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How to buy pinot noir


Matthew Horsley Matthew Horsley / 28 February 2021

Buyer and Master of Wine student Matthew Horsley gives us a guide to the best regions for pinot noir, one of the world's most beguiling and charismatic grape varieties.

Tricky to grow, difficult to understand and produced in the most marginal of climates; what is the allure of this delicious but enigmatic grape?

Pinot noir, the moody grape

The great Burgundy writer Clive Coates MW likens pinot to Bizet's temperamental Carmen. Having never seen Carmen I'll have to take his word for it. But what I do know is that pinot ripens early and hates the cold, both during winter and at flowering. A cold growing season and pinot struggles to ripen, giving mean-tasting and astringent wines; too warm and they lack structure and freshness. If yields are too high the wines are dilute and uninteresting; too low and you won't be in business very long.

Despite its idiosyncrasies however, no grape reflects its terroir better than pinot noir – neighbouring vineyards can produce distinctly different wines, often at drastically different prices. But perfect terroir does not a great pinot make, and it takes a skilled vigneron to unlock pinot's charms.

What does pinot noir taste like?

'Blockbuster' is an adjective rarely used for pinot noir, its pleasure is in its sensual, seductive aromatics, ranging from cherries and redcurrants, to oriental spices, forest floor and mushroom as it ages. Its thin skins produce wines typically pale in colour and medium-bodied.

But that's not to say pinot doesn't pack a punch. In the right place and in the right hands it can possess wonderful concentration and intensity of flavour with a structure that allows pinot to age magnificently. Great pinot can sing while young and old, a rarity among great red wines.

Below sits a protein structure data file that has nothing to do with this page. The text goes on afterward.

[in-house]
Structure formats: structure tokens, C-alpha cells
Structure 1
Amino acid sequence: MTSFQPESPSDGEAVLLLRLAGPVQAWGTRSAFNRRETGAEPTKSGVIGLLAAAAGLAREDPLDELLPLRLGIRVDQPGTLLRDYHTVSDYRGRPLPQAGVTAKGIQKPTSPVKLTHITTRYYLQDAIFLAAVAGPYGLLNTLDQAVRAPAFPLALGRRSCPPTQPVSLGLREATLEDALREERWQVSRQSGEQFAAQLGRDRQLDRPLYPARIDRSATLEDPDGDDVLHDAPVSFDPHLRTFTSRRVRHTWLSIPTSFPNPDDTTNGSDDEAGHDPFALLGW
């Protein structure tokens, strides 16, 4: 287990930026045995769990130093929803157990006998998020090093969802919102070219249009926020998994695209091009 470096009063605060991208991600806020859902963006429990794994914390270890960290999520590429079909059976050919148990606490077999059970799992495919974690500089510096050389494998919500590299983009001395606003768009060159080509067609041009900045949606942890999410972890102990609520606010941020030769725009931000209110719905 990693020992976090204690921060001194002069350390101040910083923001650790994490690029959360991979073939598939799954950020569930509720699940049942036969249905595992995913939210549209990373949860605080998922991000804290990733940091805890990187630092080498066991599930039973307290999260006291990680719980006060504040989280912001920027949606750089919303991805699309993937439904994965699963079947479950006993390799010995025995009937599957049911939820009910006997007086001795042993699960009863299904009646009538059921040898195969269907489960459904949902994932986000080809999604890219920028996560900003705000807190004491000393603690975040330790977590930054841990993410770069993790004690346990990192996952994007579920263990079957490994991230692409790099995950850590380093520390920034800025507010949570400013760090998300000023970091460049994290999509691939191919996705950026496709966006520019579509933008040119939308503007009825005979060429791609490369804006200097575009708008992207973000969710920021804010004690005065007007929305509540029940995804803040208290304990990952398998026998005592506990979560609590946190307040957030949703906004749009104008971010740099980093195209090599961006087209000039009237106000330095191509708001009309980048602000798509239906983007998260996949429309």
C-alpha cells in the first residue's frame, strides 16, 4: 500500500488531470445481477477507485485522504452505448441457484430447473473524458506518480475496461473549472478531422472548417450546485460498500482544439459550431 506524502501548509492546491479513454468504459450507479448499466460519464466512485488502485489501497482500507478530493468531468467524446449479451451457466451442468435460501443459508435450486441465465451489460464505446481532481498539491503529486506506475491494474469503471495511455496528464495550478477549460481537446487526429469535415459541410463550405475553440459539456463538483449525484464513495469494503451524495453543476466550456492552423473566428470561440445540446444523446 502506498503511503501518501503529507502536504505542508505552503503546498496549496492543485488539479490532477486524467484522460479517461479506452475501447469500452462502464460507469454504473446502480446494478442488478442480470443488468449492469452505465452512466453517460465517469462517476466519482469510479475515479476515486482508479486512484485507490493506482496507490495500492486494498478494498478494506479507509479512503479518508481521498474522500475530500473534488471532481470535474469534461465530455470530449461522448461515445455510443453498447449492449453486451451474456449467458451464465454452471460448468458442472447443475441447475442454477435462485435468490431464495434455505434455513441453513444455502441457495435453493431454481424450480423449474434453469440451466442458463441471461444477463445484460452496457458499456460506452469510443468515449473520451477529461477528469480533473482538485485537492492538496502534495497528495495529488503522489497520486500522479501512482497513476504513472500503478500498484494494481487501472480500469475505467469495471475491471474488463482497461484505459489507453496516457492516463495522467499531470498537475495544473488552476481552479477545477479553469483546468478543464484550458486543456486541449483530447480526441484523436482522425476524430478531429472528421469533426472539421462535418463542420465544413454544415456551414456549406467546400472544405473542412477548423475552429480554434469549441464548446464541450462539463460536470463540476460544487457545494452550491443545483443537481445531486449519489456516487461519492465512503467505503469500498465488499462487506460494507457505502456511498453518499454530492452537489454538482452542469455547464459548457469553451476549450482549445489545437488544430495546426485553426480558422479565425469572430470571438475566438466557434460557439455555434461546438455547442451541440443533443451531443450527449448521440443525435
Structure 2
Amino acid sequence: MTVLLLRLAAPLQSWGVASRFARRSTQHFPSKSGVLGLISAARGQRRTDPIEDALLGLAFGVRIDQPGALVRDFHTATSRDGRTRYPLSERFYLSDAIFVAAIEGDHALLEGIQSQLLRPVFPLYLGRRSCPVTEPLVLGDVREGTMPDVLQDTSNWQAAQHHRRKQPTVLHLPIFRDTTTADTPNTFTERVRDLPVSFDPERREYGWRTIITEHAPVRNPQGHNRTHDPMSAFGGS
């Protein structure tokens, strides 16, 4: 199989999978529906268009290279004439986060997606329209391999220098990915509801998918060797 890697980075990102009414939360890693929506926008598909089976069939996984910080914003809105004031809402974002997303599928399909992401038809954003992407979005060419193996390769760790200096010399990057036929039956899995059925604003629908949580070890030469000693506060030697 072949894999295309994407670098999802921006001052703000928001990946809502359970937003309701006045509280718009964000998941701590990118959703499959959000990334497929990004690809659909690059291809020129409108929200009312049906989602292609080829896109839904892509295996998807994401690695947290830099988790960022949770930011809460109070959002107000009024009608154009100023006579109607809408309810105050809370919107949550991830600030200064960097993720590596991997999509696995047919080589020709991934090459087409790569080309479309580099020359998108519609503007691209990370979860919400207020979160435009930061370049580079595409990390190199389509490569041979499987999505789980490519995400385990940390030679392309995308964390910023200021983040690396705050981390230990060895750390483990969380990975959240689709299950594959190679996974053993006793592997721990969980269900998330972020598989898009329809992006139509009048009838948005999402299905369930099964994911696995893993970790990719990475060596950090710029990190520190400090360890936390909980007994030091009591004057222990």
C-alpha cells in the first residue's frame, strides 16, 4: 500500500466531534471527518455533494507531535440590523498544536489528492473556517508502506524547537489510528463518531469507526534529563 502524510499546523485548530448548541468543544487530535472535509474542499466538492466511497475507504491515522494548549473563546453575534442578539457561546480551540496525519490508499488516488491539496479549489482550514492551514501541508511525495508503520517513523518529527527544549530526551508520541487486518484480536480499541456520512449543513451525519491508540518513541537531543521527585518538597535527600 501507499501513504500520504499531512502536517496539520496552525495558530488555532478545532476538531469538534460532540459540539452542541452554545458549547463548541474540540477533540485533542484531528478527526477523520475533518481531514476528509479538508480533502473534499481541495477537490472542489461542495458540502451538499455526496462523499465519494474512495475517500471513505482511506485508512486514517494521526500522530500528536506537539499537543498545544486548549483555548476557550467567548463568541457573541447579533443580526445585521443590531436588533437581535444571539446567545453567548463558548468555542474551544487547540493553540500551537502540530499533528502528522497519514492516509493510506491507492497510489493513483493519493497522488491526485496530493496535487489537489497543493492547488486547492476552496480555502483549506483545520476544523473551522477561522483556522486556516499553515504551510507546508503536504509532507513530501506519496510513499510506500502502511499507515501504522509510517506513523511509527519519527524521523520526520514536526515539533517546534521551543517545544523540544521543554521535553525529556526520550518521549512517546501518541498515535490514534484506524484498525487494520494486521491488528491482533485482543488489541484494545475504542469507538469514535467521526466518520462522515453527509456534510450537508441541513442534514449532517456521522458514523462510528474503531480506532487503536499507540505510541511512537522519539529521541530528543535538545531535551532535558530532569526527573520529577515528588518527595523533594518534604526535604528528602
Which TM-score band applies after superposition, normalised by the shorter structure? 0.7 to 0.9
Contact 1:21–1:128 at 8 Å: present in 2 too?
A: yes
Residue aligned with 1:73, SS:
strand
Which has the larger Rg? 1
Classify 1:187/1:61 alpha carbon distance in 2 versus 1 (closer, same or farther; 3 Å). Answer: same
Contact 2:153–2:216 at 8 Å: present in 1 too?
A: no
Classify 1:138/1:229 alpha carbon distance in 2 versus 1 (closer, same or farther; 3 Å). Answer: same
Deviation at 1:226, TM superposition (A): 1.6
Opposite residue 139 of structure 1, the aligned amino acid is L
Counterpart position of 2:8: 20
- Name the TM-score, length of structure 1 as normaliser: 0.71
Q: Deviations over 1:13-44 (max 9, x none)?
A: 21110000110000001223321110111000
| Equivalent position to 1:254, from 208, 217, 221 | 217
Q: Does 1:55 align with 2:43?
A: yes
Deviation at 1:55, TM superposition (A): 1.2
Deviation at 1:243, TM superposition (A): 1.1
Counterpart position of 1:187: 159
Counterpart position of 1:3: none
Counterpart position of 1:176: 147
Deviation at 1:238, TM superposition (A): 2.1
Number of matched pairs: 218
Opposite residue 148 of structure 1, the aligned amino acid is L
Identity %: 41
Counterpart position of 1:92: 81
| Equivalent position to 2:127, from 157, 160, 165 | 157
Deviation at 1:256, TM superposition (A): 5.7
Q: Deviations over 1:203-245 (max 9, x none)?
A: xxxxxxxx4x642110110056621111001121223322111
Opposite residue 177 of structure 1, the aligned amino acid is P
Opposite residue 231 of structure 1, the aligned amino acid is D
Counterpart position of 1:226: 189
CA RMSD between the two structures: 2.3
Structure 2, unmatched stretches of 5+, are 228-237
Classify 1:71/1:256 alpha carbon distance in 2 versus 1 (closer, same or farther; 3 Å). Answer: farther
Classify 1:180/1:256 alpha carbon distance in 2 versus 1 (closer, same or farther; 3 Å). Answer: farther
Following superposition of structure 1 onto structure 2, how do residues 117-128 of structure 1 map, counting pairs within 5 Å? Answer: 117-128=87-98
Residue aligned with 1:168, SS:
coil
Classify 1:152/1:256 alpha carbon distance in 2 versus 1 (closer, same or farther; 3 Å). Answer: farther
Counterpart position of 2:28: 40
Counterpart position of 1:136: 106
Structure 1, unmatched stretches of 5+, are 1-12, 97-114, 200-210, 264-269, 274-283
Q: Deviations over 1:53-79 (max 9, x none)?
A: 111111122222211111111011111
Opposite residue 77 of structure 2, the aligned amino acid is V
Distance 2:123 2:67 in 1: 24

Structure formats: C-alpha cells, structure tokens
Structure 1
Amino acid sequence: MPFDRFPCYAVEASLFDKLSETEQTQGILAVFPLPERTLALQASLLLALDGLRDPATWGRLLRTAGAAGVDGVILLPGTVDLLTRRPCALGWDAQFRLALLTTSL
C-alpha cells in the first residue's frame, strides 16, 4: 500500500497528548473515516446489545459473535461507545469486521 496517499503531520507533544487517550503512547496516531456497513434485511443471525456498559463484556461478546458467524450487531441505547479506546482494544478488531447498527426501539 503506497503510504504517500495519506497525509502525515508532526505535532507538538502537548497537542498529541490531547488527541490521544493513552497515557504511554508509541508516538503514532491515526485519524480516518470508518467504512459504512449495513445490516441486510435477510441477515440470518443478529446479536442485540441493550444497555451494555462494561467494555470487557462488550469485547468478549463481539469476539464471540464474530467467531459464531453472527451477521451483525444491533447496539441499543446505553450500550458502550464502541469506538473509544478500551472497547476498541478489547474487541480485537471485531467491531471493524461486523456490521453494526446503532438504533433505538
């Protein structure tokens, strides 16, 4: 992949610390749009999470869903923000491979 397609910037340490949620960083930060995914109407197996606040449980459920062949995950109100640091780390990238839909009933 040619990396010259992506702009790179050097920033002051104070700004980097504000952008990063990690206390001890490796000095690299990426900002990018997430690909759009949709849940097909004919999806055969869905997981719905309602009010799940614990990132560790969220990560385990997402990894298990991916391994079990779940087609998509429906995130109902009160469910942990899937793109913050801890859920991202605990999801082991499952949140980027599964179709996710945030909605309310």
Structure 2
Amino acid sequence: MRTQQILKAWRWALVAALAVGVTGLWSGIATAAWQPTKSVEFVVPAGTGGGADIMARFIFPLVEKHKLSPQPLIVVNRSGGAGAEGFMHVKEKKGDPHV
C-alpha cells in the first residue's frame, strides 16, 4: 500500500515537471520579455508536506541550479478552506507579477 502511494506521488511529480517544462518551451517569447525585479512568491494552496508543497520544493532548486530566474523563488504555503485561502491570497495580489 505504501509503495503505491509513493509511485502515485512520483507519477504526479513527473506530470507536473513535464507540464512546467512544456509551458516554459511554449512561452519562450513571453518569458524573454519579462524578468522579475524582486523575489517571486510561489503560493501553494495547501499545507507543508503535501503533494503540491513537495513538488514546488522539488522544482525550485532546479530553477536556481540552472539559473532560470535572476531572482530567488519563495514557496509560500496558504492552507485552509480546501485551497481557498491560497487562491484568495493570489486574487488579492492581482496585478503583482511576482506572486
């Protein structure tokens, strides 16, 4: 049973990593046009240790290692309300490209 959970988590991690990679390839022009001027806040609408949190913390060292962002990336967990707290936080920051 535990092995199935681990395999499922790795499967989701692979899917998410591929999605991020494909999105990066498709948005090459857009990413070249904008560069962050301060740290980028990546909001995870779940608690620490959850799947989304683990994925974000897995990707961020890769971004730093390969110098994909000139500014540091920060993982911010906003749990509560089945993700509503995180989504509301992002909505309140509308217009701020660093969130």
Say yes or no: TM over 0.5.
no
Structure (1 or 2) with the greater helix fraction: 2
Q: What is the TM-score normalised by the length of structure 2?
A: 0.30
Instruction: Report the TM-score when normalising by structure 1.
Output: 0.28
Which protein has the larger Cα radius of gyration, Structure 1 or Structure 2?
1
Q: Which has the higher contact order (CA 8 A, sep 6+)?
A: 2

Where is it grown?

Burgundy is pinot noir's homeland, shining most brightly in the Côte d'Or. While the region is complicated, there are four tiers to keep in mind – Bourgogne (using grapes from across the Burgundy region), Villages (from a named village), premier cru (from a named premier cru vineyard), and grand cru wines (from a named grand cru vineyard).

'So, a grand cru is better than a premier cru wine?' Well… not exactly. 'But Village wines are always cheaper than premier cru wines, right?' Wrong. 'So how do I know what to buy?' Good questions… Burgundy is about the land, but most importantly it's about the people. We recommend starting by tasting by producer, finding out whose wines you like and going from there. This is part of the appeal!

The cooling influence of the Pacific makes for excellent pinot in USA's west coast (Vineyards near Sebastopol in Sonoma, California)
The cooling influence of the Pacific makes for excellent pinot in USA's west coast (Vineyards near Sebastopol in Sonoma, California)

But what about outside Burgundy?

In Alsace the theme of terroir continues with a patchwork of soils, but production methods often play a greater role in determining style, the wines typically spending time in large old oak barrels to bring wonderful purity of fruit. In Germany, where pinot noir is known as spätburgunder, key regions such as Baden give richly fruited pinot that can develop savoury character at an early age.

The USA's west coast dominates production thanks to the cooling influence of the Pacific. Styles range from firm, fresh and saline in the northern regions of Oregon and Sonoma Coast, to richer, fuller and darker fruited in the southern areas such as Santa Barbara.

The Pacific plays a key role in Chile too and Limarí, with its limestone soils, is home to some of Chile's finest, more mineral styles of pinot noir.

South Africa, often seen as the most traditional of the new world pinot producers, relies on cool sites and high-quality French oak to give wines of structure with savoury notes and wonderfully ripe fruit. A smart first stop outside Burgundy.

In Australia there's a trend towards pure, pale coolclimate styles from regions like Mornington Peninsula and Tasmania. Here the wines give redcurrant and cherry flavours moving to oriental spices with age.

New Zealand pinot generally divides in two: red-fruited and savoury styles from coastal regions such as Martinborough and Marlborough, or Central Otago's fuller bodied and dark-fruited. Both are equally delicious and offer some of the finest pinot outside of Burgundy.

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